Concepts of care and the actions associated with caring are reflected in every corner of our world. The state too, provides degrees of care work. Some government-sponsored opportunities, like free education for children, ensure everyone has access to such support structures. Other mechanisms, like healthcare and welfare, are specifically built to catch those who are vulnerable and in need of help. Care makes the world go round, in local and global ways, and generally functions to keep people safe. Naturally, then, concepts of care manifest in how we understand the general concept of national security.
As an American now living in the UK, my understanding of state-endorsed care has been filtered through my experience in these two societies. The US, one of the richest nations and global superpowers, drags its feet when it comes to such programmes. The UK too is quickly hanging out its care policies on austerity lines to dry. In an increasingly capitalist world, one that is oriented around patriarchal values, care is commodified and manipulated to exploit certain people. However, “in households, communities, and nation-states where the giving and receiving of care are adequate and nonexploitative, the risks associated with other kinds of security threats are reduced”.1 In other words, care has a ripple effect that impacts every corner of our world.
In an increasingly capitalist world, one that is oriented around patriarchal values, care is commodified and manipulated to exploit certain people
While state interest in care decreases, interest in feminist approaches to policymaking is increasing. A growing number of states, including the US and the UK, are engaging with Feminist Foreign Policy (FFP) frameworks, largely a result of decades of feminist activism. But efforts to cull social support mechanisms stand at odds with the goals of an FFP, which expressly prioritise the needs of the marginalised and vulnerable and are heavily influenced by human security. How, then, can this be reconciled?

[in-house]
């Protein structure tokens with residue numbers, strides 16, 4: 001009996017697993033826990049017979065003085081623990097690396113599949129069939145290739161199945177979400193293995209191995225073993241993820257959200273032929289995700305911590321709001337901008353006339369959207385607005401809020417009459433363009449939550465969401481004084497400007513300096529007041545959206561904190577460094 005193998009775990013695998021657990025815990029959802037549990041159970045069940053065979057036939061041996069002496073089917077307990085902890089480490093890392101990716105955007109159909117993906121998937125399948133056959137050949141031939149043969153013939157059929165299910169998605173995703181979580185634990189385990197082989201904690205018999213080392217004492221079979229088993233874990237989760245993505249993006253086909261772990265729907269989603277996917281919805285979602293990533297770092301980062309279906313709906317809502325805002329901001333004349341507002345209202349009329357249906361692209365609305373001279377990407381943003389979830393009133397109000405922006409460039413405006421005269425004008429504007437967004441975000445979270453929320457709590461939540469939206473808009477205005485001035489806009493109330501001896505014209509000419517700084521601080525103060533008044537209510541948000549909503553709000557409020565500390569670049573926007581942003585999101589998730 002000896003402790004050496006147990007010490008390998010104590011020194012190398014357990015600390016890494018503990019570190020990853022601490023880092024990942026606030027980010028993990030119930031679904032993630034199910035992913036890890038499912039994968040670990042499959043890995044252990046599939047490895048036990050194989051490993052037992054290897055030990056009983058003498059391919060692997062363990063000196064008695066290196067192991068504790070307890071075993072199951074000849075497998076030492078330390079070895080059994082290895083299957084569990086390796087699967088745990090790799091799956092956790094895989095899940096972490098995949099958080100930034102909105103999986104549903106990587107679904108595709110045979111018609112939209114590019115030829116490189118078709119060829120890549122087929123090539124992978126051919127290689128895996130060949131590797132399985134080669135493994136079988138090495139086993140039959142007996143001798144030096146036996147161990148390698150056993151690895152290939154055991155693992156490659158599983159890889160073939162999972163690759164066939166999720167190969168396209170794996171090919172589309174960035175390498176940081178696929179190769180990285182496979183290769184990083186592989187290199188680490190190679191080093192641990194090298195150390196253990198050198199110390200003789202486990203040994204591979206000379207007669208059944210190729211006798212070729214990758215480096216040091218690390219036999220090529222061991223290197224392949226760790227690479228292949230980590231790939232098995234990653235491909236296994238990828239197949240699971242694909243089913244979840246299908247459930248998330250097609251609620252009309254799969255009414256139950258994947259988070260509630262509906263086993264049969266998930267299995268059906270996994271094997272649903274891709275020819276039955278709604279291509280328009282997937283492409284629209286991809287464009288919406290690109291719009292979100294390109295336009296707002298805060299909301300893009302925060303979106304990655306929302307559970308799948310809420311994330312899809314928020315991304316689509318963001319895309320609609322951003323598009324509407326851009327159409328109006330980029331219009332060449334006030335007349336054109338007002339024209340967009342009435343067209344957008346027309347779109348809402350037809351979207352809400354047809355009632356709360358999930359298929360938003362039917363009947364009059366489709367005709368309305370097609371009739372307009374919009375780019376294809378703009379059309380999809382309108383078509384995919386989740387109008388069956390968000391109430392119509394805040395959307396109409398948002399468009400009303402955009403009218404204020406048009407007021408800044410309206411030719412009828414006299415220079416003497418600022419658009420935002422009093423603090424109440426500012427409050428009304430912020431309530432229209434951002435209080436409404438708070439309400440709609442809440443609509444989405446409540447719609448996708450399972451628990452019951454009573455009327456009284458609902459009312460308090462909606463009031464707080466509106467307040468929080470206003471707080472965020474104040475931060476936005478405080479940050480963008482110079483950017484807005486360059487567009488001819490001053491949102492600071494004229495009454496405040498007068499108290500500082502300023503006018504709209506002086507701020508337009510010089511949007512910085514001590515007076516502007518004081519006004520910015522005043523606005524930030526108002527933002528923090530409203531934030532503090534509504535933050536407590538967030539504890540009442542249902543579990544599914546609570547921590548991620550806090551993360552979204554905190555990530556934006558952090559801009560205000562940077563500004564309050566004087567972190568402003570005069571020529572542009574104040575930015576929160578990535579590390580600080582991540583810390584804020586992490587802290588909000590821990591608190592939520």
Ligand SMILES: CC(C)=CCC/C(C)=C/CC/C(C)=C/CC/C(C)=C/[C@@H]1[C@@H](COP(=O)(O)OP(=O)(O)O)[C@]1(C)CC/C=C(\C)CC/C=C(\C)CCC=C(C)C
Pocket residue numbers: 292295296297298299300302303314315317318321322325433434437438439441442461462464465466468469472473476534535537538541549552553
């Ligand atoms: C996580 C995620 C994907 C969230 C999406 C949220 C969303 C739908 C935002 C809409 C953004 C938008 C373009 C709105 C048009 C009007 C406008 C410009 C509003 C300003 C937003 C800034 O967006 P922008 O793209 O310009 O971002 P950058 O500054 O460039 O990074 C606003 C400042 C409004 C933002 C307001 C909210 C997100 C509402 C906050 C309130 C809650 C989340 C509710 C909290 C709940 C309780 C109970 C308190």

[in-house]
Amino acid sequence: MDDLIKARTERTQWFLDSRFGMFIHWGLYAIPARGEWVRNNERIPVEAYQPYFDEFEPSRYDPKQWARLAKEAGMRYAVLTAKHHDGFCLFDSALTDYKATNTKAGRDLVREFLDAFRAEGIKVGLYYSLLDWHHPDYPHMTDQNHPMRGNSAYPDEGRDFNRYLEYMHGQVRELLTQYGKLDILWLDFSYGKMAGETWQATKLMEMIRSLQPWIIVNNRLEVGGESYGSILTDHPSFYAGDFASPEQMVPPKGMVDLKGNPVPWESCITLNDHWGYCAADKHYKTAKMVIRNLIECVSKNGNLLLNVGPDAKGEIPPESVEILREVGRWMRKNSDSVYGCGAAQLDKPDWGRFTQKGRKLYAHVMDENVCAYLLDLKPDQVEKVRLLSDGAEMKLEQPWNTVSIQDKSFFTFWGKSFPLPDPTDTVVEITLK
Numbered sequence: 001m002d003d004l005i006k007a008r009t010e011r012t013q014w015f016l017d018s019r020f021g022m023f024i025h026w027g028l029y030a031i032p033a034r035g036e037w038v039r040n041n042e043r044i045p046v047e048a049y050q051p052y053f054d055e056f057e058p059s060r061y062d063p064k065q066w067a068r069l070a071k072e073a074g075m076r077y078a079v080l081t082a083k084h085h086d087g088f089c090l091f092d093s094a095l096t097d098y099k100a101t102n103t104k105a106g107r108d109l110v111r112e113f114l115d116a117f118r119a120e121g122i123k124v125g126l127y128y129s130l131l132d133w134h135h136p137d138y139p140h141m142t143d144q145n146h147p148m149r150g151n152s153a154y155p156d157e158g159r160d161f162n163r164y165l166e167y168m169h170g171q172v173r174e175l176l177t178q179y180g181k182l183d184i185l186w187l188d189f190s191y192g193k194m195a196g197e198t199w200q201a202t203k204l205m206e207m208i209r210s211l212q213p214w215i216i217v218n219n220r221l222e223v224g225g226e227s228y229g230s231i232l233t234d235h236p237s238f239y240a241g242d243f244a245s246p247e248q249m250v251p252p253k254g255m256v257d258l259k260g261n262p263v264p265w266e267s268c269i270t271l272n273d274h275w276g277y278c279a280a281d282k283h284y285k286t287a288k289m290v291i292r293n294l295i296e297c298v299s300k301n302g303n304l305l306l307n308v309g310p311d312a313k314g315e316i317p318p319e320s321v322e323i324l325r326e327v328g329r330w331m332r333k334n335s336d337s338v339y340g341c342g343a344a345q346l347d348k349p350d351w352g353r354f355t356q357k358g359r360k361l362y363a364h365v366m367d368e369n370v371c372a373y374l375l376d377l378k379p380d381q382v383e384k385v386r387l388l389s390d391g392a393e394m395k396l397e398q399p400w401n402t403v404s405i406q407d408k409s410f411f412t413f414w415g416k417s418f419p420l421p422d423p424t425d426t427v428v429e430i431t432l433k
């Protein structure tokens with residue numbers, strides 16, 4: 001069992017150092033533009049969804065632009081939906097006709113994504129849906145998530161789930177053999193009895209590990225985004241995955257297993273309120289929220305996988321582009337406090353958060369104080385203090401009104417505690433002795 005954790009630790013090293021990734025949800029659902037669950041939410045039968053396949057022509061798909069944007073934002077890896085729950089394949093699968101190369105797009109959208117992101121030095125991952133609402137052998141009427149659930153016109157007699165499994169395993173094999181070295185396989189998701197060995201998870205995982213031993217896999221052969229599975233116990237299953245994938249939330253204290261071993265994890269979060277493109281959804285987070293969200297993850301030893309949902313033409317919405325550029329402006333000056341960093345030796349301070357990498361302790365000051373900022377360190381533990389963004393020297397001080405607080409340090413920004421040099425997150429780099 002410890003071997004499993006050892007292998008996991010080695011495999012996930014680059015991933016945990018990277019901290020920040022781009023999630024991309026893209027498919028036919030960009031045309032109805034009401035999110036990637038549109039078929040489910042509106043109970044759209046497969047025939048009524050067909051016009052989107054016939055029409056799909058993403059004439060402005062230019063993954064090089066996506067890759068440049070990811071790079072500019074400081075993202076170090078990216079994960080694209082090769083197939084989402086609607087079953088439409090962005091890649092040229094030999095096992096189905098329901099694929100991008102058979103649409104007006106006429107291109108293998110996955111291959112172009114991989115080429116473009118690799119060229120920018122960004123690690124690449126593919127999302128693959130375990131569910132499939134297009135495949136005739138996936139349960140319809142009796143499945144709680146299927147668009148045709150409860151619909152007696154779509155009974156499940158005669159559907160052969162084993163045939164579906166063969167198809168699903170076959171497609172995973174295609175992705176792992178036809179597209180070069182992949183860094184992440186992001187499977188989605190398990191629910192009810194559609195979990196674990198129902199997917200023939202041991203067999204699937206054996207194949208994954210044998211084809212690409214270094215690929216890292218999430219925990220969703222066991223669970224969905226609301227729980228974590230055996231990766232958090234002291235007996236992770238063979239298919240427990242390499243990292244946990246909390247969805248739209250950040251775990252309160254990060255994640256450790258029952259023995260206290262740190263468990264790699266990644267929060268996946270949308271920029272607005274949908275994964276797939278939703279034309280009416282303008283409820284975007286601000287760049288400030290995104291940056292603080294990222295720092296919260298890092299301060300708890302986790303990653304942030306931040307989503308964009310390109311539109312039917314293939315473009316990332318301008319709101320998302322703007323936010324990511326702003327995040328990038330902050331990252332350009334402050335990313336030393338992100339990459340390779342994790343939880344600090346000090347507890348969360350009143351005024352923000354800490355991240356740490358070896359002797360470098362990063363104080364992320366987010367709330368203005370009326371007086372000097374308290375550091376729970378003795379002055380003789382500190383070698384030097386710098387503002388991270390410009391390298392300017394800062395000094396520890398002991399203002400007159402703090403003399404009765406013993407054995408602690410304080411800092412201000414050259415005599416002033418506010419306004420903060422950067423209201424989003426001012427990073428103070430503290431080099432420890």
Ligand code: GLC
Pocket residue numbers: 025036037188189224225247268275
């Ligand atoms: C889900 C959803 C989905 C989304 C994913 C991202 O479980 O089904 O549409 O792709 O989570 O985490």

Utilising the ethics of care as a theoretical framework,2 I outline how expanding our understanding of national security beyond militarism and deterrence is necessary to implementing a genuine FFP. This article will first take a critical eye to the gulf between ideas about care and ideas about security and highlight some of the useful features of the ethics of care. Secondly, it will explore how an updated association between care and security can be best reflected through FFP.
The ever looming threat of force and violence becomes commonplace when establishing mechanisms to keep people “safe”
Care ethics in relation to security
Feminists have long pointed out the linkages between local and global, personal and political. It makes sense, then, that looking to the ethics of care as a means of understanding identity, subjectivity, and morality through relationship has its roots in feminist thought. Specifically, how we live in relationship and fulfil our responsibilities to one another is the key lens through which care ethics asks us to filter information. The line between private and public is explicitly blurred, as matters of “intimacy are of great political significance in that their form and nature are determined by relations of power that play out in a variety of different contexts –from the household to the global political economy”.3
The world we exist in and its corresponding power hierarchies have a formative hand in how we respond and relate to one another, be it between people or between states. Currently, these hierarchies are based around patriarchal values, which view power as a limited resource to be hoarded and not shared. This informs mainstream understandings of security and are thus reflected by heavily militarised approaches to keeping a state and its people “safe”. But feminism is actively disinterested in reinforcing hierarchies, and instead seeks to normalise a different kind of relationality which includes compassion, power-sharing and care.